Menser sees a trend

During the commissioners' debate Thursday, Menser also drew a connection between Thursday's conversation and a recently passed, regularly scheduled budget amendment, which presented an opportunity for offices and departments to make requests for adjustments to the budget.

Menser ended up voting against the amendment, saying the "tipping point" for him was that the budget amendment process didn't "reflect a consistent level of oversight" of all offices and departments in the county.

The impact of the amendment to the General Fund, with all adjustments considered, was $1.2 million. The big change, Campbell said Friday, was a $165,000 increase to the Sheriff's corrections budget and a $786,000 increase to the Sheriff's law enforcement budget.

Many of the votes included in the amendment were unanimous, including votes for some of the Sheriff's Office's spending, such as replacing outdated tasers and the balance for an exchange of equipment with Lewis County.

But, again, the commissioners clashed over making exceptions for the office when it comes to expenses such as $238,344 for funding sick and vacation time buyouts for retiring employees.

Other offices and departments would like to see their buyouts covered, Campbell told commissioners, but only the Sheriff's Office requested it. That was approved 2-1, with Edwards and Hutchings voting yes.

Later, when commissioners considered a roughly $86,000 non-departmental request to cover the cost of code compliance in Community Planning & Economic Development, this time Edwards was the lone no vote, saying "they don't throw bricks at them."

Menser questioned if he meant a person has to have bricks thrown at them to be of value to Thurston County and its citizens.

"That's the standard by which we're evaluating budget requests?" Menser said, to which Edwards replied "Yep, I guess it is..."

Sheriff John Snaza started 2020 with a resolve to move past budget tensions, after commissioners approved an extra $475,000 to cover law enforcement overspending in a late-2019 budget amendment. Snaza said then that the department had been transparent about its spending and is underfunded.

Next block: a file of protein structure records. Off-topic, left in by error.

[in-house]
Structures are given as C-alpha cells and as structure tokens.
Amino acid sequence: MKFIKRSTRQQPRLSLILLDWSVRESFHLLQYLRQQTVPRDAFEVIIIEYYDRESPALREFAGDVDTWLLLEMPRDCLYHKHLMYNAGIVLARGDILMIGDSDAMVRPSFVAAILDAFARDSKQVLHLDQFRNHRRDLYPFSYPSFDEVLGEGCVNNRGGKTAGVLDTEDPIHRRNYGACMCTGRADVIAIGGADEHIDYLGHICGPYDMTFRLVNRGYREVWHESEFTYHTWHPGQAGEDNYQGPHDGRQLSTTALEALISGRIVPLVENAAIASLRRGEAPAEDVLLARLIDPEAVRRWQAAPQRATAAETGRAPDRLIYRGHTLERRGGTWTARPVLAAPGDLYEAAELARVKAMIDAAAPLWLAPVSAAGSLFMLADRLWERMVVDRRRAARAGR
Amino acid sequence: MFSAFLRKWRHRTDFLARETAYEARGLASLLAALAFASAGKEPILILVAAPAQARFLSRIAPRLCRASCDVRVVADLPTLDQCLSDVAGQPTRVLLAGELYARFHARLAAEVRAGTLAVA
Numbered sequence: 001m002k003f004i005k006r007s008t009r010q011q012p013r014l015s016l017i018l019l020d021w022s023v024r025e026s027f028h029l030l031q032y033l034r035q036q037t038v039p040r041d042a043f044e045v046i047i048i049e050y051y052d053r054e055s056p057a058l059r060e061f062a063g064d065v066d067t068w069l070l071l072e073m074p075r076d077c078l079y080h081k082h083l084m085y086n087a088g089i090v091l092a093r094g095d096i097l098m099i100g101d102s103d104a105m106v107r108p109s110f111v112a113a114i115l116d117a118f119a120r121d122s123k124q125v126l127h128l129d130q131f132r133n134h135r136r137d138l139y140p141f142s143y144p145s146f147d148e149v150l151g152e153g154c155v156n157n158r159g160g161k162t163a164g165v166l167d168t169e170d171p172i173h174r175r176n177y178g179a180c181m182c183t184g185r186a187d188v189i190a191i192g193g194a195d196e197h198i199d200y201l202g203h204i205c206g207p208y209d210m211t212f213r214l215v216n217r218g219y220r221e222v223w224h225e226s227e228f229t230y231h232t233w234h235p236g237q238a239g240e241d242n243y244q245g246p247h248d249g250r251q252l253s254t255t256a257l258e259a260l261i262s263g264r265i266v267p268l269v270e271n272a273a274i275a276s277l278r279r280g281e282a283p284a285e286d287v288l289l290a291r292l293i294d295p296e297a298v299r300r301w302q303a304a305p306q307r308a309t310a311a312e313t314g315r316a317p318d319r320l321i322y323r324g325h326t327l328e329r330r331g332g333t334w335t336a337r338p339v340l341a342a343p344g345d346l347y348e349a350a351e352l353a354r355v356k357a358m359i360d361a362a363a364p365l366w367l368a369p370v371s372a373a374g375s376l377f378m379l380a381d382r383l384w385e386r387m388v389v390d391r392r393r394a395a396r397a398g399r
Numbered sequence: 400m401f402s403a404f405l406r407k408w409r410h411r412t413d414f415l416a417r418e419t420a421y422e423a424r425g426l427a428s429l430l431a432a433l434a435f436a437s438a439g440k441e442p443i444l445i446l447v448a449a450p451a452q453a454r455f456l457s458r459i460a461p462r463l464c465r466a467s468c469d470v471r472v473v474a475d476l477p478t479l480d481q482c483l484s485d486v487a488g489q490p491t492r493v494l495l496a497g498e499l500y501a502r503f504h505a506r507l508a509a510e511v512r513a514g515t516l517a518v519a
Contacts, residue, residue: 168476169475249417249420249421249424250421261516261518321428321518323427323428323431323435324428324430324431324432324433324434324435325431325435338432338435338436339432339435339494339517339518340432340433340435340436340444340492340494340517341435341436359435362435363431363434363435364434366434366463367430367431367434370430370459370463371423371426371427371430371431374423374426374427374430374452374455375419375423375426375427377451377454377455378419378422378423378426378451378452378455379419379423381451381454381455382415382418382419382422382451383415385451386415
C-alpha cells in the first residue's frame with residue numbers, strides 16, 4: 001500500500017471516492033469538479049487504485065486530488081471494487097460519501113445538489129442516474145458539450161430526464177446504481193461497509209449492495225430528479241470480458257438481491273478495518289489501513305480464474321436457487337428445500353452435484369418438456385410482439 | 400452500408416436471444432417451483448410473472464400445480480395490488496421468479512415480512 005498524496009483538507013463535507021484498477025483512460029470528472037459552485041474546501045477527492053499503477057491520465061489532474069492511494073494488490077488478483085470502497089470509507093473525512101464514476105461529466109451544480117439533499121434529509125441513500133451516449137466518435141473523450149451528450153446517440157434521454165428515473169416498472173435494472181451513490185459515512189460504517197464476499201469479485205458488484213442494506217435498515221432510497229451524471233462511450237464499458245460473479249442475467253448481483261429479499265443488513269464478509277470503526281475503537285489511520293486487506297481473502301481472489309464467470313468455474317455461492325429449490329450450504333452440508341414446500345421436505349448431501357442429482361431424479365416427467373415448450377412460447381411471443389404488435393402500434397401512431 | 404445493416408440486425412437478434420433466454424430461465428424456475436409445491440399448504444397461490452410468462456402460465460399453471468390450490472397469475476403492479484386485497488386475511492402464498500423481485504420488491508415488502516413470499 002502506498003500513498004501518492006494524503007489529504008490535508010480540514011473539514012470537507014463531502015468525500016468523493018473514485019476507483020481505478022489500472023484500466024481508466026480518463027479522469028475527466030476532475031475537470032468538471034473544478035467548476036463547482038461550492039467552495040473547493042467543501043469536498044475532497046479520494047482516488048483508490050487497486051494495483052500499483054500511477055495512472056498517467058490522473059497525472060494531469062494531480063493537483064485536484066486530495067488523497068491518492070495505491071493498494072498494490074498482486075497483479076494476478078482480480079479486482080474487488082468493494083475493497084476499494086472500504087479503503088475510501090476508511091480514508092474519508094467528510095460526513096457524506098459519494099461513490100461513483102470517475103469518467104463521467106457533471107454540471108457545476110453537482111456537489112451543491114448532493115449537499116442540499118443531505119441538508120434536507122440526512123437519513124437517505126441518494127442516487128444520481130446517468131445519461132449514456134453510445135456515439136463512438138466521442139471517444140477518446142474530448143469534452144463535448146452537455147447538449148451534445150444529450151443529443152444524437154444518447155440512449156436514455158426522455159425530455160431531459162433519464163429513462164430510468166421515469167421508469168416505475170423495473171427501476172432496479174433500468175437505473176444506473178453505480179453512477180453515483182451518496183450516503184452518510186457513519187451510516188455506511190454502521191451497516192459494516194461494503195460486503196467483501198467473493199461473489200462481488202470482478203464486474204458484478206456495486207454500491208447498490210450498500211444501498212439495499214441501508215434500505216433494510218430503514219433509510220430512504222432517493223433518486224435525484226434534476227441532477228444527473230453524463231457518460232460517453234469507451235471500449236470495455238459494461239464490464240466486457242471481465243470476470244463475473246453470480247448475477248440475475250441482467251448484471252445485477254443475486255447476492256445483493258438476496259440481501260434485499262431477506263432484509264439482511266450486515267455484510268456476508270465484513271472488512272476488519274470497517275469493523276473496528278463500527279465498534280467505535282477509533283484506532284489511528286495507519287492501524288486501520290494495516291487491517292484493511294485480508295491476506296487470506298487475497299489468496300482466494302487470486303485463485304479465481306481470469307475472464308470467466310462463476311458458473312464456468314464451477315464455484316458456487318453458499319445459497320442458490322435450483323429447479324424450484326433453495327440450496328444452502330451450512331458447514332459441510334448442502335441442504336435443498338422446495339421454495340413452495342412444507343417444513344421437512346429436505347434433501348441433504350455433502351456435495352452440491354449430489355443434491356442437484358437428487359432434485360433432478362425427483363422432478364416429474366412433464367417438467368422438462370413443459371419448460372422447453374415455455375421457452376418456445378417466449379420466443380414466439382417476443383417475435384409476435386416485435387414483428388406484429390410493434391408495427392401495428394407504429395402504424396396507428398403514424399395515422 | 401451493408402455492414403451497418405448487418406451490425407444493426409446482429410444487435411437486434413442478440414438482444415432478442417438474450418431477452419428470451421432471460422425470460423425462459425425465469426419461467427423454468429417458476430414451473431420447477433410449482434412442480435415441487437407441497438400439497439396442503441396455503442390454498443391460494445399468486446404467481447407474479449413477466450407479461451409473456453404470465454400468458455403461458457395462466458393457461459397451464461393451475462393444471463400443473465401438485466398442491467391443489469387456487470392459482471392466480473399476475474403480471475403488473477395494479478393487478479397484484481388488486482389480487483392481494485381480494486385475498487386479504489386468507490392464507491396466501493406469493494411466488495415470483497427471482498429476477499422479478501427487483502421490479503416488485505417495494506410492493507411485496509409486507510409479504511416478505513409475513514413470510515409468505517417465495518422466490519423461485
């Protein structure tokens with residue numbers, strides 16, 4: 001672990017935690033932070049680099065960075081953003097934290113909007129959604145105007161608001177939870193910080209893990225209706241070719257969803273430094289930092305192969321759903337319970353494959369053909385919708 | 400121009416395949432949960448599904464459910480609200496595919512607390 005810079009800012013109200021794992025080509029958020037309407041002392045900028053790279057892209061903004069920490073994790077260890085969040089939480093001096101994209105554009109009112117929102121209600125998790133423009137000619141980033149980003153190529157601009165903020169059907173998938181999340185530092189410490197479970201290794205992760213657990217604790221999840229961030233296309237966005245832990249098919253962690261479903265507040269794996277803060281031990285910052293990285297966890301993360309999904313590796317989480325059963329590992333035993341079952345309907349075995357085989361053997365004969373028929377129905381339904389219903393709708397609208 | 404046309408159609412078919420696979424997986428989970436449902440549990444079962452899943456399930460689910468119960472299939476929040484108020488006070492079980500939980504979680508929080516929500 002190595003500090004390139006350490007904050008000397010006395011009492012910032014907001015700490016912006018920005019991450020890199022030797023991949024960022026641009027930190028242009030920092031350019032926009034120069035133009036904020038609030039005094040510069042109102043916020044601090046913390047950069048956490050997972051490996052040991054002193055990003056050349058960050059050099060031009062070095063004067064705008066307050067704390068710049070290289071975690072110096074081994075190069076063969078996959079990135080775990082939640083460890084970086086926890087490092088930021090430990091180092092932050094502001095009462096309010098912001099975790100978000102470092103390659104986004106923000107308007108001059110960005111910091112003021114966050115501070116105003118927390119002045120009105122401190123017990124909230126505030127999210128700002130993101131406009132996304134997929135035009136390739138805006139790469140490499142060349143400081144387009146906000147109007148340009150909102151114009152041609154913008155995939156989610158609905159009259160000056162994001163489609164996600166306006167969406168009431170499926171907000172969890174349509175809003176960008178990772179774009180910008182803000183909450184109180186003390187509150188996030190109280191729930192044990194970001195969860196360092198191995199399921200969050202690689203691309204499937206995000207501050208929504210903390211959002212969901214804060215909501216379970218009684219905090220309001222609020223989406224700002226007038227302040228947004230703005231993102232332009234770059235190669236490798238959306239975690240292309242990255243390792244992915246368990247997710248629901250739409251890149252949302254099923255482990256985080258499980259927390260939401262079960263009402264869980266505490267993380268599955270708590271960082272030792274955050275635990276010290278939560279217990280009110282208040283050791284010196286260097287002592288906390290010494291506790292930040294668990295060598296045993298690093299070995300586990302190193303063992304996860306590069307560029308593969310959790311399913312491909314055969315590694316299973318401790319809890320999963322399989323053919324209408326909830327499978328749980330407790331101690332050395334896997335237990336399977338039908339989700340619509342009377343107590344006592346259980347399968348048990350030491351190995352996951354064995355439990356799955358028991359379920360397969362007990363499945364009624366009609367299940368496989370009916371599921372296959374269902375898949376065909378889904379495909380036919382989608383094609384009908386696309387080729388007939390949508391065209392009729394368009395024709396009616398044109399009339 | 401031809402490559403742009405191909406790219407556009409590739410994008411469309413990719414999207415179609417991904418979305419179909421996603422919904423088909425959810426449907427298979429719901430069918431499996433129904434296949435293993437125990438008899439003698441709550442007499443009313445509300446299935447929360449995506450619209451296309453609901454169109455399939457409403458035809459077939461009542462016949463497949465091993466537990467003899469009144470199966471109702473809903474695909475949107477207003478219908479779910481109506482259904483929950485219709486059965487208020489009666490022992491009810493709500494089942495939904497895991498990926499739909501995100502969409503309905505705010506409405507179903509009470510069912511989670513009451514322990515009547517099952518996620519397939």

Commissioner Hutchings said he thinks that, because he and Commissioner Edwards have law enforcement backgrounds, the optics are that this is preferential treatment.

"But I'm basing it on what I would consider research and evidence," he said. "I understand it, I understand the level of service for the public and officer safety."

Thursday's decisions aren't set in stone

There's another budget work session scheduled Monday, when the board expects to consider options such as a staff furlough proposal or reduction to weekly work hours.

Campbell said the county is treating the decisions made Thursday as final when it comes to budget reductions, but that the board can always change directions. Next, staff will create a report that includes Thursday's decisions and decisions expected Monday and publish it in early July.

A public hearing on the amendment is planned to be set for July 21, and the Board is expected to vote a week later, Campbell said.


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(2) comments

Fiat Trucker

Thank you former Sheriff Edwards for still protecting our communities!


It's just the start of the pain for state, county, and local governments. The federal COVID-19 aid funds dry up this fall. The State is already furloughing employees without pay 1 day per week. LC will face some tough decisions similar to what they did back in the great recession. Look for across the board budget cuts here also. These departments are mostly already slim. The belt tightening will reduce paychecks and staff. Much of the staff reduction will be through attrition as there are many people in the Lewis County departments near retirement age.